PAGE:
The Sisian travelogue
Published: Wednesday May 09, 2012
Sisian is in Siunik province, southern Armenia. I guess it's a few hours' drive from Yerevan, though I don't know for sure because we stop at so many interesting places along the way. Sisian is perhaps best known for Karahunj, also known as Zorats Kar (stone soldiers) and believed to be an ancient astronomical observatory, and nearby Tatev (Datev) Monastery.
In Sisian we arrived at the Basen Hotel, a no-frills but very comfortable hotel a 5-minute walk from the center of town. The hotel consists of five two story buildings with rooms on both floors. There are a total of 15 - 20 rooms. The restaurant is in a separate building. The food was excellent and our hostess Hasmik was extremely knowledgeable and helpful. She was of immense assistance in allowing us to make the most of our time during two visits to Sisian. There are other hotels in Sisian as well, though I can not comment on them as I have not stayed at them.
Sisian art school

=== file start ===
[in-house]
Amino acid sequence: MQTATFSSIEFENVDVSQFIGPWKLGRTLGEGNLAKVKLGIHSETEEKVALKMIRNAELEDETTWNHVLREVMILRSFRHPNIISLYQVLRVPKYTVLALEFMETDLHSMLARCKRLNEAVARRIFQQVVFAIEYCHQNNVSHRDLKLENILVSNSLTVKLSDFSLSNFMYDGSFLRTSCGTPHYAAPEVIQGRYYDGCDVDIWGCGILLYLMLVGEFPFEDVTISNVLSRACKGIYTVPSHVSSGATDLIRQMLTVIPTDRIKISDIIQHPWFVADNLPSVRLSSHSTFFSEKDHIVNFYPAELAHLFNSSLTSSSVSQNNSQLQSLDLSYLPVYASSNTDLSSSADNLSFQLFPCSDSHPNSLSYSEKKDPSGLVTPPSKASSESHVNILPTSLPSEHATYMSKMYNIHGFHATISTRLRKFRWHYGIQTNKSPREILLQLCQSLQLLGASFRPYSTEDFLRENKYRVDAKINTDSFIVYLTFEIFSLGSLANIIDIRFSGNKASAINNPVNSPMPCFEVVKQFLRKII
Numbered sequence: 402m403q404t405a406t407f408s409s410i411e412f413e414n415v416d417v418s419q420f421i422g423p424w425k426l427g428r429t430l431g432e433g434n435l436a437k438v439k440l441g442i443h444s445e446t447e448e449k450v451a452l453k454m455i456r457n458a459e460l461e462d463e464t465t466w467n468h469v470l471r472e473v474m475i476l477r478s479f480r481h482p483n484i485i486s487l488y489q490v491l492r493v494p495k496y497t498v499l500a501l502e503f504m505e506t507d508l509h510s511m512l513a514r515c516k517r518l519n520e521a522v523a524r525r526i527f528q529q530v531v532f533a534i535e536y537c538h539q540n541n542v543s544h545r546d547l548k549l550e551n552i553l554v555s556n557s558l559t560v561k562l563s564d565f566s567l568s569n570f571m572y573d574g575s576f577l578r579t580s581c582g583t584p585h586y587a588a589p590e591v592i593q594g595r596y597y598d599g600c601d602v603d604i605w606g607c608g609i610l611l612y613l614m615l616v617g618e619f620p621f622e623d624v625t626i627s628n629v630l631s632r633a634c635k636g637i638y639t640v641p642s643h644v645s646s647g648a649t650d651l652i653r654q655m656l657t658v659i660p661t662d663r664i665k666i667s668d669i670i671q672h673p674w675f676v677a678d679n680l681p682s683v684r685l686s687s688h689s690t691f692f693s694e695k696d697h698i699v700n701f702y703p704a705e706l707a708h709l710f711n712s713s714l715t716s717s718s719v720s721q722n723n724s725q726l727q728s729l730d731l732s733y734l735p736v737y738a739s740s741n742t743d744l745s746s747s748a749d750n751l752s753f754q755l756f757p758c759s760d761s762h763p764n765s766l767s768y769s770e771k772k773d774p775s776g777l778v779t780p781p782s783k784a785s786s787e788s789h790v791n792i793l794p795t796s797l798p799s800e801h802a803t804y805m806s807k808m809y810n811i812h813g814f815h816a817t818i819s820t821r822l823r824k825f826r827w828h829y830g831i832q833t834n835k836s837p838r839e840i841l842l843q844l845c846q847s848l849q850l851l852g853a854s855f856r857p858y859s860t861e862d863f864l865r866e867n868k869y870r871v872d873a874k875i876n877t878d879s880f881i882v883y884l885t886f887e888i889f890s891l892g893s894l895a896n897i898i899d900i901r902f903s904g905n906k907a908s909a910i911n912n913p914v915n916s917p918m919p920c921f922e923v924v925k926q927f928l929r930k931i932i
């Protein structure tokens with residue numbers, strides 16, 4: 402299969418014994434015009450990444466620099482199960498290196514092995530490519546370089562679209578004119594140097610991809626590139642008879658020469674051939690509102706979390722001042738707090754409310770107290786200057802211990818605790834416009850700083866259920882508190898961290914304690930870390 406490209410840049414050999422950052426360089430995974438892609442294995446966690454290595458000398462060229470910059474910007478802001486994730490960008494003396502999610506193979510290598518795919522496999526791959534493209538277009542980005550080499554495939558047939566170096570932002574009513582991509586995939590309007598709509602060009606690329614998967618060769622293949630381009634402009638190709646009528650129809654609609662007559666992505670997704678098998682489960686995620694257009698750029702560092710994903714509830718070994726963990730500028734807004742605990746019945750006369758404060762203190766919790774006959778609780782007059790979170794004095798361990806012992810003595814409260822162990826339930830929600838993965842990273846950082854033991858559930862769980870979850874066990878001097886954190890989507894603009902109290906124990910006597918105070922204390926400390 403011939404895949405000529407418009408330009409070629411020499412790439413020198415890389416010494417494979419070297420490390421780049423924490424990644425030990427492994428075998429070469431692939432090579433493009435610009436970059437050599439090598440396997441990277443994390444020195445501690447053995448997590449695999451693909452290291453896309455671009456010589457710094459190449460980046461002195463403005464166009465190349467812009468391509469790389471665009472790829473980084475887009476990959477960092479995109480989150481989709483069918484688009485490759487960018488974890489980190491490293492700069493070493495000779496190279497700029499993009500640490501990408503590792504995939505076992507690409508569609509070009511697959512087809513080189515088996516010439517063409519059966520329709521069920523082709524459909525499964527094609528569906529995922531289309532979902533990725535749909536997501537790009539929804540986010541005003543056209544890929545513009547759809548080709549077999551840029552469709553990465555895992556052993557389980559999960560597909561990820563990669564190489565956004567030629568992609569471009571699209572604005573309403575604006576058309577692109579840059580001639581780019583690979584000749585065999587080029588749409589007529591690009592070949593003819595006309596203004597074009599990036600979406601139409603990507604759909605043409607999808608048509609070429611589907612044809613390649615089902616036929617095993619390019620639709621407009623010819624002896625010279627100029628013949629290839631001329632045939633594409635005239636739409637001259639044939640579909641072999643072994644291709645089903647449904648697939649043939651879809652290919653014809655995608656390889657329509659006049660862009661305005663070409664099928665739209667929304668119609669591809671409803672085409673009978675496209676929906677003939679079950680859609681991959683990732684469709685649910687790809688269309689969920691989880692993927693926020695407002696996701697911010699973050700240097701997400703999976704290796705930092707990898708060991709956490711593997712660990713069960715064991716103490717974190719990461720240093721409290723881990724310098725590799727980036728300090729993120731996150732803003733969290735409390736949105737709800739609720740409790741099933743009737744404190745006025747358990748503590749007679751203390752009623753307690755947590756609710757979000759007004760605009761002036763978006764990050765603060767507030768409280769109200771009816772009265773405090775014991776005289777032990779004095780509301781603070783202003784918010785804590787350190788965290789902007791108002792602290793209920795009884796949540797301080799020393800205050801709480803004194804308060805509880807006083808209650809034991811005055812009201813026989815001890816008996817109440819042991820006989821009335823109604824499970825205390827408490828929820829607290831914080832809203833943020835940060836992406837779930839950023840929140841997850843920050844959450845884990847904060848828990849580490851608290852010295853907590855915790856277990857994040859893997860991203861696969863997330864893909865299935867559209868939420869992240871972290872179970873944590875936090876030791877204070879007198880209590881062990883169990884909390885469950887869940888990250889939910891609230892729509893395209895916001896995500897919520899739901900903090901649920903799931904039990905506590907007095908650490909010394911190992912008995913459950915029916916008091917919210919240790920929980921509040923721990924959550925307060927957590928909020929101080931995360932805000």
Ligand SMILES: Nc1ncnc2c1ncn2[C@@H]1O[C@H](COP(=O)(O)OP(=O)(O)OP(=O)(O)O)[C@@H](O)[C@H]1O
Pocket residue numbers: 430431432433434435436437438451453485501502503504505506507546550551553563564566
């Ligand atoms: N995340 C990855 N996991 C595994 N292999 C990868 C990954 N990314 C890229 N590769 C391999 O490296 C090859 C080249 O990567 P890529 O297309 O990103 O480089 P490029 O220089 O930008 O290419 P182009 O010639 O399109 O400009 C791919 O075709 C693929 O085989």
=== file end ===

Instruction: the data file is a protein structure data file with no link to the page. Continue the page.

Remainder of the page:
Within a few minutes walk from the hotel are the Sisian music and art schools. The art school conducts classes after regular school hours. Classes include painting, embroidery, sculpture, and other subjects at very low cost for students. The painting instructor, Ashot Avagyan, is a well known painter who has an encyclopedic knowledge and love of Sisian and its surroundings. While he conducted a tour of the school, displaying some of his own and his students' paintings, we were interrupted by former students paying him a visit. Immediately obvious was the close bond established between these young Armenian artists and their mentor, Ashot Avagian. Many of these students are now budding artists in their own right. Within the hallway are works of the students, some of which are for sale. These include beautiful works of embroidery as well as paintings of a number of subjects including nature scenes, people, and images of the Karabagh war which undoubtedly influenced the students through the experiences of older family members. Despite a low tuition, often students' families can not afford the tuition or art supplies. When he can, stated Avagian, he helps the students with these issues. My friend and traveling companion Mesrob Odian and I made a small donation to help in such circumstances.